Thoughts on books, often interpreted through the high-brow prism of cartoon (read: Archer) references. Wait! I had something for this...
Self-righteous parents blaming the media for society's moral decay; young starlets vying for the attention of the same man; a once-beloved comedic icon falling from grace following revelations about his sordid past; celebrities suspected of committing murders most foul; stints in rehab being kept on the DL; overbearing stage mothers; and a news-hungry public with“sanity and sympathy” in short supply watching as it all unfolds. Tinseltown: Murder, Morphine, and Madness at the Dawn of Hollywood has all the makings of an issue of US Weekly (though William J. Mann's writing is, I would argue, of a superior quality).
Unbeknownst to me, the 1922 case around which the book is centered has been famous for quite some time, with a dedicated following of armchair sleuths obsessed with each and every aspect of Taylorology (yes, that's a thing).
As the headlines suggest, the victim in this case was none other than Hollywood director William Desmond Taylor.
Of course, none of this would be half so intriguing without a lineup of suspected celebrity murderesses, namely: Mabel Normand, Margaret “Gibby” Gibson, and Mary Miles Minter.
Each character has a story all their own– secrets, sordid pasts, weaknesses for an illicit substance or two. Like poor little Gibby, who was driven by a promise made to her mother that someday that would “have nice things.” But, it would seem, that (at least as far as “the Church Ladies” were concerned) all of this was pretty par for the course for young starlets in the den of sin known as Tinseltown. After all, they couldn't risk being cast aside for a newer, younger model by gentlemen of loose morals.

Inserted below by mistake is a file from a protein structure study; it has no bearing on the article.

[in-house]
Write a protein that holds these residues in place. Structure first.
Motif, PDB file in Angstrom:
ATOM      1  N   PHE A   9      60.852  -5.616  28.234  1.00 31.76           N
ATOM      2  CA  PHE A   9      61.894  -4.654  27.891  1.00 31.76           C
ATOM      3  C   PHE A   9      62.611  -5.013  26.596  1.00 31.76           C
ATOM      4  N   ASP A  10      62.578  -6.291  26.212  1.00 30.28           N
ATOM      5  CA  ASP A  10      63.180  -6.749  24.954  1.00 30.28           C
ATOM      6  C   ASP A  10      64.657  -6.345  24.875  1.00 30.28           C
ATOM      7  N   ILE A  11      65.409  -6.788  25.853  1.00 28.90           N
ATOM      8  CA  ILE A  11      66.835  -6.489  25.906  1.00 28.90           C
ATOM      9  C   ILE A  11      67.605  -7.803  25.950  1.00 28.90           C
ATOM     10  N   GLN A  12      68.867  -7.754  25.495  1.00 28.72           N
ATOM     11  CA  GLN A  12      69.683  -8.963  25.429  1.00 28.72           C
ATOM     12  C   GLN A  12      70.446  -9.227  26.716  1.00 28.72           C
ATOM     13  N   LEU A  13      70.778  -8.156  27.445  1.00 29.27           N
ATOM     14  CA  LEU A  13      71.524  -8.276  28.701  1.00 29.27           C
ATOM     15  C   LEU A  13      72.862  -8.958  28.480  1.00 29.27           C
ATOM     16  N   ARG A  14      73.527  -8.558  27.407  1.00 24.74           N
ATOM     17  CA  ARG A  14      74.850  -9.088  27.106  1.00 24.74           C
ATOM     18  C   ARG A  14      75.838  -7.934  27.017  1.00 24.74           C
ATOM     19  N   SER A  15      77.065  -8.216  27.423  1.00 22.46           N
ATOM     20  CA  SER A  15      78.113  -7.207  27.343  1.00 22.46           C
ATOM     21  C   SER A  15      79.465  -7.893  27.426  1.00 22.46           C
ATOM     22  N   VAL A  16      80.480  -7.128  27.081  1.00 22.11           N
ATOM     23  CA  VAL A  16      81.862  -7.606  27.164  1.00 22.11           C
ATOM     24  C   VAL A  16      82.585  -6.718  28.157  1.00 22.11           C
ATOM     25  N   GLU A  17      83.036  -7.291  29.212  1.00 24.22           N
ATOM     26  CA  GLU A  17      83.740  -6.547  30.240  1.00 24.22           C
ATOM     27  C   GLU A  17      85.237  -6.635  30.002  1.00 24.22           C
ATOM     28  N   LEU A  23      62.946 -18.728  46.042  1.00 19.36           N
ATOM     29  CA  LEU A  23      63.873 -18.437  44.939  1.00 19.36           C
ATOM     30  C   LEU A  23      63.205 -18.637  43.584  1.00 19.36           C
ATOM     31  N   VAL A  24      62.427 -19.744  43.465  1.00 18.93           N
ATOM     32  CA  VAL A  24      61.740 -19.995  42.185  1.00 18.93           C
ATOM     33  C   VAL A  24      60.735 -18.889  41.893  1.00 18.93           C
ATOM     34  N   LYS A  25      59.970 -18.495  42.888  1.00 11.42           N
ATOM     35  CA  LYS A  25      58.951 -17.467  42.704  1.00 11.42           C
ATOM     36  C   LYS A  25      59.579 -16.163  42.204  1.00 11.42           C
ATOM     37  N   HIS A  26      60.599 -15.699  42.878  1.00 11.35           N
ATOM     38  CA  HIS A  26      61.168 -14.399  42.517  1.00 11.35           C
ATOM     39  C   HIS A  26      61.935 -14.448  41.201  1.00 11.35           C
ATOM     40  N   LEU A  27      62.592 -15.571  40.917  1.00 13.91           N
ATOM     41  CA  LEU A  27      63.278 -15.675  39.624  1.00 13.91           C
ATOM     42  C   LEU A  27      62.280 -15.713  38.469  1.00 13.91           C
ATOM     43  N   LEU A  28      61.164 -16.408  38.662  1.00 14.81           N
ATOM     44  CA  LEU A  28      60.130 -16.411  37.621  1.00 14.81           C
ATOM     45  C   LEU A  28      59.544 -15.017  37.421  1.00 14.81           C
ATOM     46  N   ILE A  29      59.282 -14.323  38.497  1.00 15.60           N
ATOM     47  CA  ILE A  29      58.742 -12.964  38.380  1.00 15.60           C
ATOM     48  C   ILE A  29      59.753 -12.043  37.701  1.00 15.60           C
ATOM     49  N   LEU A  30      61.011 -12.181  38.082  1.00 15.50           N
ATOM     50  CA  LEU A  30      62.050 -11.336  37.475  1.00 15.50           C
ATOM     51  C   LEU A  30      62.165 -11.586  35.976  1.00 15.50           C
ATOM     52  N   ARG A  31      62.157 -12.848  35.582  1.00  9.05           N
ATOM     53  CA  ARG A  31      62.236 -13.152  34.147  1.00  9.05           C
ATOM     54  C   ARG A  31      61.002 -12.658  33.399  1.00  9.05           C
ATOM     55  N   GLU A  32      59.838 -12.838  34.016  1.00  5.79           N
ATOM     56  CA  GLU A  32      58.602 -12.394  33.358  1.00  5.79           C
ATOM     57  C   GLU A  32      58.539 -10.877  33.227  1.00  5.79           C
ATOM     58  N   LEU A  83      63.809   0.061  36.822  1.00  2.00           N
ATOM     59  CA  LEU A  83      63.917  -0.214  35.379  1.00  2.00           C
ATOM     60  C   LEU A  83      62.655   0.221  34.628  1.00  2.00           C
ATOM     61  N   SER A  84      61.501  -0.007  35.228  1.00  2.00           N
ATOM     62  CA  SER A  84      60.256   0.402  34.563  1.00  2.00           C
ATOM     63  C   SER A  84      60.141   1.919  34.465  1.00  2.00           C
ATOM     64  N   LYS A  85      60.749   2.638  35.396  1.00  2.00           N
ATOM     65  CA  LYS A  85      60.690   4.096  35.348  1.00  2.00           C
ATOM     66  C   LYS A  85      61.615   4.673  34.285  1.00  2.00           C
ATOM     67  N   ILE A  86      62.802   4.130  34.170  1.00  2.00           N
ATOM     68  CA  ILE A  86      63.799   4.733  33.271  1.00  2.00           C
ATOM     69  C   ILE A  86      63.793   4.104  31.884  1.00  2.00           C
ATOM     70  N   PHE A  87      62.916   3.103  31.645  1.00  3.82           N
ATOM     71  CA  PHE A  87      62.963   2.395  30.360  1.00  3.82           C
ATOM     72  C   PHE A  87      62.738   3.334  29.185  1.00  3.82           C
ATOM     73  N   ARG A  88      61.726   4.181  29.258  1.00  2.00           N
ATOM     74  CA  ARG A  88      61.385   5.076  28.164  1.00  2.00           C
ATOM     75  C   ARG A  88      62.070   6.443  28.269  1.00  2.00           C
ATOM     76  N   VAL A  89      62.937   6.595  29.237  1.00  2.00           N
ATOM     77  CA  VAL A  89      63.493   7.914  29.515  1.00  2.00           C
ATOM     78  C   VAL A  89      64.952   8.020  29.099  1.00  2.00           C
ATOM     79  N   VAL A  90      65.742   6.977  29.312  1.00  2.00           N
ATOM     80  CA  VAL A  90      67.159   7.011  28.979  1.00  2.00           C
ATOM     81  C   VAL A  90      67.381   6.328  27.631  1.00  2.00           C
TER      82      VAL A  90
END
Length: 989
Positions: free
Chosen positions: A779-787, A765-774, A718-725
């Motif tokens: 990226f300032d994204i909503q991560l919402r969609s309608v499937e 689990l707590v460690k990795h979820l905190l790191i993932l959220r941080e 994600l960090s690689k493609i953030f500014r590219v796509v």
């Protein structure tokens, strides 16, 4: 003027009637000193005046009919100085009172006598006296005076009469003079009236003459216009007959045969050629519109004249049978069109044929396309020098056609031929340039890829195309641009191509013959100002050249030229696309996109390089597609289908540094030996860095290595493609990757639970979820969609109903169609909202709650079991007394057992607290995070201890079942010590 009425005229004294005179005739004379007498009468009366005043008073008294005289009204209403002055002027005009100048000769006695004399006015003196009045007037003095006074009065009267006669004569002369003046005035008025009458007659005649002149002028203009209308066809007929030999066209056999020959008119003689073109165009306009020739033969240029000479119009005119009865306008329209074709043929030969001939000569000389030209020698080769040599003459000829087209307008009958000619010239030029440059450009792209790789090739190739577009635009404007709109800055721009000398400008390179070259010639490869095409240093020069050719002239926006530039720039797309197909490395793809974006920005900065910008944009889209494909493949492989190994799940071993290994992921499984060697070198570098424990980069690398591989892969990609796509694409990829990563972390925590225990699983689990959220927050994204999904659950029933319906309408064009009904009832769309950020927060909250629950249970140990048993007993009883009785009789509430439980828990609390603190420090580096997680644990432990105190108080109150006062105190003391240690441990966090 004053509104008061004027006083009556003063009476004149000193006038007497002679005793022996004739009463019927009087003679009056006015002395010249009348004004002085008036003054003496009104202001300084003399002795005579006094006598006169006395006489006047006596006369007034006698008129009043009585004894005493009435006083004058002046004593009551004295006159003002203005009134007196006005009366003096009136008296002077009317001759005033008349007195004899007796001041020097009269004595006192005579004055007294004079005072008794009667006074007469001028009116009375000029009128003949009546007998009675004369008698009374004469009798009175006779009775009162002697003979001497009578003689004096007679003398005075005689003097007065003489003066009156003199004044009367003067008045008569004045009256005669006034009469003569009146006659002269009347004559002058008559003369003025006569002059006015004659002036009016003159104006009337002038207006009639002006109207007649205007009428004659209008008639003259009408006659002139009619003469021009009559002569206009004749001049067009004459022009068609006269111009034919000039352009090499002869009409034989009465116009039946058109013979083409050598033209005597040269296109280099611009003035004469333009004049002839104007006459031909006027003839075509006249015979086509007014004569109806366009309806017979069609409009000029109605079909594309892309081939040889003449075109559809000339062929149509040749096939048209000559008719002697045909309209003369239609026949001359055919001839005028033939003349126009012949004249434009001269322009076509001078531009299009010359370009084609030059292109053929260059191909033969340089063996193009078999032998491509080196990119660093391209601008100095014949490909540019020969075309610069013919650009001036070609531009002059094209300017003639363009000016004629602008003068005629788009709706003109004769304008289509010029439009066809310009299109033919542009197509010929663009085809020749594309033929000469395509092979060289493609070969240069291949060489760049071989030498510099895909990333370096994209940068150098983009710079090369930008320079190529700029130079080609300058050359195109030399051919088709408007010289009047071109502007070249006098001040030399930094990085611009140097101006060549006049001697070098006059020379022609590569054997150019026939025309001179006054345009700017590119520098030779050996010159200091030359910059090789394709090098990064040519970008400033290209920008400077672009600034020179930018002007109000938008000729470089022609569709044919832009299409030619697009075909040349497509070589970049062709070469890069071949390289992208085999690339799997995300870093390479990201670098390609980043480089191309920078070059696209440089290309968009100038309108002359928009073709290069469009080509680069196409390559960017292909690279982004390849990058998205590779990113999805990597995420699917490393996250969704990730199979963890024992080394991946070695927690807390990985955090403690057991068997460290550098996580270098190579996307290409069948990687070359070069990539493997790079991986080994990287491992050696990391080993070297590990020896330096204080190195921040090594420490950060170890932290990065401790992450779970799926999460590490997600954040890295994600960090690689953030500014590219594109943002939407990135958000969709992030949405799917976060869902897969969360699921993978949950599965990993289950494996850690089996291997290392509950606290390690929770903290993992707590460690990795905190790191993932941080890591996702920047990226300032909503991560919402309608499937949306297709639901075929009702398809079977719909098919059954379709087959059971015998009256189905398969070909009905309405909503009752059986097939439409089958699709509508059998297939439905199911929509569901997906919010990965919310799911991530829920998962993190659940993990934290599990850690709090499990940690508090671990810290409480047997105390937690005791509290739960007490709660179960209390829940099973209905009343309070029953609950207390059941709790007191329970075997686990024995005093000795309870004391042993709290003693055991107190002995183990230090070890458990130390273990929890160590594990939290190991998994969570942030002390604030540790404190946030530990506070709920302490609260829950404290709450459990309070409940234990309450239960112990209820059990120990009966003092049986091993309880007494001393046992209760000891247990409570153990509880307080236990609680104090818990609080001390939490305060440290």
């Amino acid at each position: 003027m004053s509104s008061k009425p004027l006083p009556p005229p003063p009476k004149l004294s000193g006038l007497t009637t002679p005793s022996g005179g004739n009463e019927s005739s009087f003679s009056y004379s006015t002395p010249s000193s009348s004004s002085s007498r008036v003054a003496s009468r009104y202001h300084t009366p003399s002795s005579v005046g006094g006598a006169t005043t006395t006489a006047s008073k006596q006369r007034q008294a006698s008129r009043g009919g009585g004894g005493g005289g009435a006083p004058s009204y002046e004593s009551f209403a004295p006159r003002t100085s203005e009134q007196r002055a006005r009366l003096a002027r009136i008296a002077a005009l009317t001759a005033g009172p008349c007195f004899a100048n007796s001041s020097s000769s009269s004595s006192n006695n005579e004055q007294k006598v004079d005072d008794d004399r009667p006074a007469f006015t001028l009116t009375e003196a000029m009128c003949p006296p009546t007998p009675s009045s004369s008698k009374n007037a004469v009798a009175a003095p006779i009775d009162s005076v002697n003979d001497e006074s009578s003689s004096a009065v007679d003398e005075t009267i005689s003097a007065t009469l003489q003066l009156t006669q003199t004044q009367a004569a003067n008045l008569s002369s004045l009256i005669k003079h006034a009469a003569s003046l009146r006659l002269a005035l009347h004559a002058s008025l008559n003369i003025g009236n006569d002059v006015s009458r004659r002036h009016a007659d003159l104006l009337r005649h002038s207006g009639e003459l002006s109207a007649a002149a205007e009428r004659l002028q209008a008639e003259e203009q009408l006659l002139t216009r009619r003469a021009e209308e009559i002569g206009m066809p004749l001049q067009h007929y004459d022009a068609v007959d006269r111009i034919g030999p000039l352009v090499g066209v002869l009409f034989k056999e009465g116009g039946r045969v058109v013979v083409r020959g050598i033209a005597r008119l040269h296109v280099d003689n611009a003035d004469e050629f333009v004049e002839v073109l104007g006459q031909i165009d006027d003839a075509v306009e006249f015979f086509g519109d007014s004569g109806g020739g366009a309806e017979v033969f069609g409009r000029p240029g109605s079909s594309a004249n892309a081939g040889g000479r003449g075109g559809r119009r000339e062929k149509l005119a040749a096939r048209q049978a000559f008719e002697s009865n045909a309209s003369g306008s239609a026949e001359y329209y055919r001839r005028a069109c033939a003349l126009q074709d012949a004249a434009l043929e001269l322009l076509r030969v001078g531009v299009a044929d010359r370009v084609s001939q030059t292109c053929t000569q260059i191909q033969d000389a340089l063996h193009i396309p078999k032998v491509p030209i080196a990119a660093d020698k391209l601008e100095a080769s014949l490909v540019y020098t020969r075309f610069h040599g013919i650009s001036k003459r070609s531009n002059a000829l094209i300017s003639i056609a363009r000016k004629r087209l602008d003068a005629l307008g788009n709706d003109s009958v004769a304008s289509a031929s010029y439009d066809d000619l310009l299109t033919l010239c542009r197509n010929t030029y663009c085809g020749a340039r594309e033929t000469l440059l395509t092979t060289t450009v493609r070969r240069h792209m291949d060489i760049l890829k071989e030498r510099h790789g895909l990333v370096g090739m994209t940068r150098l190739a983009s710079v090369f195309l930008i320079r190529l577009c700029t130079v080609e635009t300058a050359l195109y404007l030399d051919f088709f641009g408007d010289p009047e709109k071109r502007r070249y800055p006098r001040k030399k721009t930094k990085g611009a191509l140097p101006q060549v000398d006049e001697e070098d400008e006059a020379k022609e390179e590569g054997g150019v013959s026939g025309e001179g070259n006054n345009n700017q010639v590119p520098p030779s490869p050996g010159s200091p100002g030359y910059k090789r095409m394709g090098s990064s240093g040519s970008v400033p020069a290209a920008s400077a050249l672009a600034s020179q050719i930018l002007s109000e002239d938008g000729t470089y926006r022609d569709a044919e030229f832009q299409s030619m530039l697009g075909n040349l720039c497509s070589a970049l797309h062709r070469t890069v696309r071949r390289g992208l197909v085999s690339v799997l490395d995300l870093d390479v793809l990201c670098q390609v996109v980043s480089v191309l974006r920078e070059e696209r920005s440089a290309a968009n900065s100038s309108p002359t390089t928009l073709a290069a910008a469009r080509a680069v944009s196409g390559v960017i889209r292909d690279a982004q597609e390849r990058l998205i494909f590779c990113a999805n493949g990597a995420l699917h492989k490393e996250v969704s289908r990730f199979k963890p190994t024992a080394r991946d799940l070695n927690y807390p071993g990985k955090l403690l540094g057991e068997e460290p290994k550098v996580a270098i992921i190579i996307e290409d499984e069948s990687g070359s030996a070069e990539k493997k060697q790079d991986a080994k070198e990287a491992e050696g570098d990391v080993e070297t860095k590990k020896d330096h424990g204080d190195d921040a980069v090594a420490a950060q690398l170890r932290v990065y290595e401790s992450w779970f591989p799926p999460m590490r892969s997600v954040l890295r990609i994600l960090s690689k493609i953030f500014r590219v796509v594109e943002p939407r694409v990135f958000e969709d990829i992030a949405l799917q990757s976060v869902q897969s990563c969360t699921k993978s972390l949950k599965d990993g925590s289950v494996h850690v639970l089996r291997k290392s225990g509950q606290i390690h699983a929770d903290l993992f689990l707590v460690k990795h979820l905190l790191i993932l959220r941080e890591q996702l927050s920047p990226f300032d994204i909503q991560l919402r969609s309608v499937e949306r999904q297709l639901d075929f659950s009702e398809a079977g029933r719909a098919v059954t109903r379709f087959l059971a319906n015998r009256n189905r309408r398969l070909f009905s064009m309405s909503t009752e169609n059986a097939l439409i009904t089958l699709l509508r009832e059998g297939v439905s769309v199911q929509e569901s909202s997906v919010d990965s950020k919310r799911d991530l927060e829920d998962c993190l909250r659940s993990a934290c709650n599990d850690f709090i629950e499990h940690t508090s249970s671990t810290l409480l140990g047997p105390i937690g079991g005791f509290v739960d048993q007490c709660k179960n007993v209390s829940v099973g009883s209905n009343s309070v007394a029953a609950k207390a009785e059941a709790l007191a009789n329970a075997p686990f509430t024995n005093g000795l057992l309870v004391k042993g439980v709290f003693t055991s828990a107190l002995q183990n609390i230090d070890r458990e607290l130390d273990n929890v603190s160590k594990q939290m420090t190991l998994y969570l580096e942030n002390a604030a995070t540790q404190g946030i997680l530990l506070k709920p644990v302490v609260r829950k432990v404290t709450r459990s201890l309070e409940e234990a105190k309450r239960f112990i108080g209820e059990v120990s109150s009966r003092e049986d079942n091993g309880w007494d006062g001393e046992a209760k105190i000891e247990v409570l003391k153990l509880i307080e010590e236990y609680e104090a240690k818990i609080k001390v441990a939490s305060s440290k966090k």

All of this indignation ties into the larger story of the fight for the very survival of Hollywood, and the men (yes, they were pretty much all men) involved. For me, these pioneering movie moguls (primarily Adolph Zukor and Marcus Loew) weren't all that compelling. However, my heart did go out to poor Will Hays, who was charged with the near-impossible task of “cleansing” the movies of their corrupting content to the satisfaction of producers and censorship advocates alike.
As a Serial fan, I found myself impressed by just how much information has been compiled and assembled about the case over the years (see the map of the who, what and where in Alvarado Court the night of the murder, below), all done without the luxury of a single pinging cell phone tower.
A lack of time precludes my giving a more comprehensive tour of all the intrigue involved, but suffice it to say, that if “the Dawn of Hollywood” piques your interest, you won't be disappointed.
Bonus Archer gif:
[Sidenote: This belongs in a series of what I will refer to as “half-baked reviews.” There are more than I care to admit (some from so long ago that I barely remember where I was going with them), but, at this rate, by the time I actually finish them, books probably won't even be “a thing” anymore.]